On Nov. 12, the U.S. Supreme Court will hear oral arguments in a trio of cases involving whether President Donald Trump acted impermissibly in rescinding the Deferred Action for Childhood Arrivals program.
The cases—Department of Homeland Security v. Regents of the University of California, McAleenan v. Vidal (previously Batalla Vidal v. Nielsen) and Trump v. NAACP—likely will determine the fate and future of about 800,000 “Dreamers,” young men and women who were brought to the United States at an early age.
President Barack Obama announced the DACA program in 2012. To be eligible, an individual must have been brought to the United States before age 16 and be younger than 31. The person must be in school or have graduated high school, or be in the military or have been honorably discharged. The individual must not have a conviction for a felony or a serious misdemeanor.
Pursuant to federal immigration law, these individuals are given deferred deportation status for a period of two years, which can be renewed. This means that they do not have to fear being deported during this time and are eligible for work permits. There are many Dreamers in my law school and on my campus. I should disclose that I am co-counsel for the plaintiffs in one of the cases before the court.
After hesitation, Trump chose to repeal this program in 2017. Rescinding DACA is part of Trump’s strong anti-immigrant policies. His justification for repealing DACA is his view that it was illegal for Obama to create it.
Three federal district courts issued preliminary injunctions against the recission of DACA, and one of these was affirmed by the U.S. courts of appeals. The Supreme Court granted review in the other two cases before they were reviewed by their respective courts of appeals. All the courts to rule held that DACA was lawful, and there was therefore no legitimate reason for repealing it.
The Trump administration and its amici argue that DACA was an unconstitutional exercise of presidential power, and that doubts about its legality justified its repeal. In United States v. Texas, a federal district court declared unconstitutional a similar Obama executive order: Deferred Action for Parents of Americans. This program granted deferred deportation status to undocumented individuals in the United States who are parents of children who are U.S. citizens.
The 5th U.S. Circuit Court of Appeals at New Orleans affirmed and held it unconstitutional in a 2-1 decision. In June 2016, the Supreme Court split 4-4 and affirmed the 5th Circuit by an evenly divided court. The Trump administration chose to rescind DACA and pointed to the decision invalidating DAPA and also a federal district court decision striking down DACA.
Ultimately, the Trump administration is arguing to the Supreme Court that Trump has broad discretion in matters of immigration. Most recently, in Trump v. Hawaii in 2018, the high court upheld Trump’s ban on immigration from designated countries and reaffirmed expansive presidential powers over immigration. Trump contends that he lawfully exercised this authority to end DACA.
On the other side, the plaintiffs argue that a federal administrative action must be justified by an articulated legitimate reason. Otherwise, it is arbitrary and unreasonable in violation of the federal Administrative Procedures Act. In June, in Department of Commerce v. New York, the court invalidated the Trump administration’s adding a question about citizenship to the 2020 census forms. The court, in an opinion by Chief Justice John G. Roberts Jr., said the Commerce Department failed to articulate a reasonable ground for doing so.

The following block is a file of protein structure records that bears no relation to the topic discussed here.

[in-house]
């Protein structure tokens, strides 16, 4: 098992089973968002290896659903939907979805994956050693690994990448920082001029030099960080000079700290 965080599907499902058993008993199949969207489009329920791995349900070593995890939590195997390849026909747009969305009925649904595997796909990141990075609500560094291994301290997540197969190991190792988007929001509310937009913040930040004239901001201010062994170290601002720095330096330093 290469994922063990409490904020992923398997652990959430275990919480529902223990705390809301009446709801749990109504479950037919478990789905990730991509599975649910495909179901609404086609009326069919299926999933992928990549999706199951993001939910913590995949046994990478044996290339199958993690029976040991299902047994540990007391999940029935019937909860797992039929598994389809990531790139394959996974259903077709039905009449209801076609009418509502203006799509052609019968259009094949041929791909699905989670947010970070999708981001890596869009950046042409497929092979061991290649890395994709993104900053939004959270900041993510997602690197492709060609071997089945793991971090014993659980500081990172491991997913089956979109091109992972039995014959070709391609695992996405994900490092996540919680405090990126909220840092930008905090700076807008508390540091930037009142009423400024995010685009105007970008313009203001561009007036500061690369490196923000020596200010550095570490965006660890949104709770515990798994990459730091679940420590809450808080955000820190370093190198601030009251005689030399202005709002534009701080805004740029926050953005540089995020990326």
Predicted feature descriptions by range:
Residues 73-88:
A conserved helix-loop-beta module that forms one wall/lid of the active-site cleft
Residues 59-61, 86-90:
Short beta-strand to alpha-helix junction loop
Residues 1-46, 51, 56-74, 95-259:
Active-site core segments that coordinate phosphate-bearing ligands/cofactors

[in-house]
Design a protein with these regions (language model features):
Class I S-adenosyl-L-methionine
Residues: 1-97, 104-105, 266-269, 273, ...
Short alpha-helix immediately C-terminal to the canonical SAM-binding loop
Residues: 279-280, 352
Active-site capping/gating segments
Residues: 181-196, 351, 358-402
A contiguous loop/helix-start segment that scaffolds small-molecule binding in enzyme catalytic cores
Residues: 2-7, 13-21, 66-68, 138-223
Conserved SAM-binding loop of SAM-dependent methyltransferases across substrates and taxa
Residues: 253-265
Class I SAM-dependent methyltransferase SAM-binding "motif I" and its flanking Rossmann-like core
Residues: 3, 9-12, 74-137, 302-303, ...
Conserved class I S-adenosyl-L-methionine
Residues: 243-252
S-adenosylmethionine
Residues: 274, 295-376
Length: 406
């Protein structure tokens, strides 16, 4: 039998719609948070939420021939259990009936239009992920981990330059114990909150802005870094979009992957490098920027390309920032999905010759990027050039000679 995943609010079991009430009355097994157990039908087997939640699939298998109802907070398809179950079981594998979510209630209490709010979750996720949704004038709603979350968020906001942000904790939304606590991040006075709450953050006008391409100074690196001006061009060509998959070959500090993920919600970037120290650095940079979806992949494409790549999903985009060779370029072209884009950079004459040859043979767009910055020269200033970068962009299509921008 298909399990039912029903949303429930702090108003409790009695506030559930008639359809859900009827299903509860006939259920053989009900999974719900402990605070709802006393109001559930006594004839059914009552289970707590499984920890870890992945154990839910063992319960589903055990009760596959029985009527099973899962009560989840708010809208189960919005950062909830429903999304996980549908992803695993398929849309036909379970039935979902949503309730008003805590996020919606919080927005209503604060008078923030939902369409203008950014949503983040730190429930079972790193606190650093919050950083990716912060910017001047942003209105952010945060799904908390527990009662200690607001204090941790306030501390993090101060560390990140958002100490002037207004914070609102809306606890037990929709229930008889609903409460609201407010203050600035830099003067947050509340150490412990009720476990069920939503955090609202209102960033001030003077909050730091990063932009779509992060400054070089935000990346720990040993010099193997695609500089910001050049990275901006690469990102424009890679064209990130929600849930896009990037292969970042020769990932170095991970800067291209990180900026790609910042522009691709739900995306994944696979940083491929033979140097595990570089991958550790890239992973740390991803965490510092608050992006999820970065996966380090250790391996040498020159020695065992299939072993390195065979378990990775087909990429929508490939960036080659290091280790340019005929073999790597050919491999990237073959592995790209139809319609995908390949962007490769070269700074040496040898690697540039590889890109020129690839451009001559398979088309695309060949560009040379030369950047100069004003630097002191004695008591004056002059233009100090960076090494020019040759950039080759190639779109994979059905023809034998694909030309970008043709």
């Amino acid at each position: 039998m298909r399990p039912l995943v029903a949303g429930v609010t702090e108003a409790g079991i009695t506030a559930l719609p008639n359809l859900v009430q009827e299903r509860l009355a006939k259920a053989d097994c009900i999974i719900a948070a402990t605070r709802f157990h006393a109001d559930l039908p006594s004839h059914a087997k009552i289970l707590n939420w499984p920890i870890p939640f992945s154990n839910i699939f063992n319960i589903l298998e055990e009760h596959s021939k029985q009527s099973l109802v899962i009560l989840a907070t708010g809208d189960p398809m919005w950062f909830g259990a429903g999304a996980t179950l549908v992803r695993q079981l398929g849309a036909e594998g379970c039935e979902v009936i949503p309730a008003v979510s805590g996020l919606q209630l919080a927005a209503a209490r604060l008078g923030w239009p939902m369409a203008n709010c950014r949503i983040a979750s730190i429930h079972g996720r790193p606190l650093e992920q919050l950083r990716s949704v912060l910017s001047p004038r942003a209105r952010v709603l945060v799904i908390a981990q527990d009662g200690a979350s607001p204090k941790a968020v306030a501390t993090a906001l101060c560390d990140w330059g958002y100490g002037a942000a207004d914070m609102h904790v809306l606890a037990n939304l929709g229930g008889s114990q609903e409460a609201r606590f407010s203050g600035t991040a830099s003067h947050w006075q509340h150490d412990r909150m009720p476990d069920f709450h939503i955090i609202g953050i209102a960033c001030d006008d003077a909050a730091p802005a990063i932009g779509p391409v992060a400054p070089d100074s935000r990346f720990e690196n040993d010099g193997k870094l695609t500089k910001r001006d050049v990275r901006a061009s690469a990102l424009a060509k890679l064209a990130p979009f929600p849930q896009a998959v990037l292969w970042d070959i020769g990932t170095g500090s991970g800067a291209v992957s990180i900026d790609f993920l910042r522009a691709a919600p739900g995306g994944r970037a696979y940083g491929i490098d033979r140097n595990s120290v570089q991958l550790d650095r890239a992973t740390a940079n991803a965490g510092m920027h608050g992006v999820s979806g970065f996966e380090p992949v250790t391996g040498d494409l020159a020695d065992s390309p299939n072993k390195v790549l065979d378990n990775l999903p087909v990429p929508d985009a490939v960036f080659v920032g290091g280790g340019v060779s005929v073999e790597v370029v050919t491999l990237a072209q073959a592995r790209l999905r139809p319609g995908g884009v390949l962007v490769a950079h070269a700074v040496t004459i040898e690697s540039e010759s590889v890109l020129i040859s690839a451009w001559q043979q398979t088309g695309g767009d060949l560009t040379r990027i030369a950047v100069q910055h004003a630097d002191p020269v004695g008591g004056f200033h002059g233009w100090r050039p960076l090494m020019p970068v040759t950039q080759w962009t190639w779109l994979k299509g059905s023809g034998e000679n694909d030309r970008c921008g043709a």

The plaintiffs contend that DACA is legal as an exercise of presidential prosecutorial discretion. It is estimated that there are about 11 million undocumented individuals in the United States. At most, the government deports about 400,000 per year. DACA was Obama announcing the government’s priorities in immigration enforcement.
Presidents of both parties have exercised discretion with regard to immigration. In 1987, the Reagan administration took executive action to limit deportations for 200,000 Nicaraguan exiles, even those who had been turned down for asylum. Similarly in 1990, President George H.W. Bush limited the deportations of Chinese students, and in 1991, he kept hundreds of Kuwait citizens from being deported.
President Bill Clinton regularly used his power of prosecutorial discretion to limit deportations. In 1993, he gave 18-month extensions to Salvadoran residents; in 1997, he limited deportations for Haitians; and in 1998, he limited deportations to Central American countries that had been devastated by hurricanes.
President George W. Bush also took major steps to limit deportations on humanitarian grounds. In 2001, Bush limited the deportation of Salvadorian citizens at the request of the president of Salvador, who said their remittances were an important part of their nation’s economy.
The Bush administration embraced prosecutorial discretion, and it ordered the consideration of such factors like whether a mother was nursing a child or whether an undocumented person was an American military veteran in making the determination on whether to order a deportation.
The stakes are enormous. Most importantly, the case will determine whether about 800,000 people have to fear deportation. Often, this would be to countries where they lived for only a brief time. Even if they’re not deported and whether DACA is repealed, they will lose work permits and other benefits that come with DACA status.
The case also will be important for administrative law and how the court will treat the requirement for a legitimate reason for an agency action. And underlying it all is the scope of Trump’s powers with regard to immigration.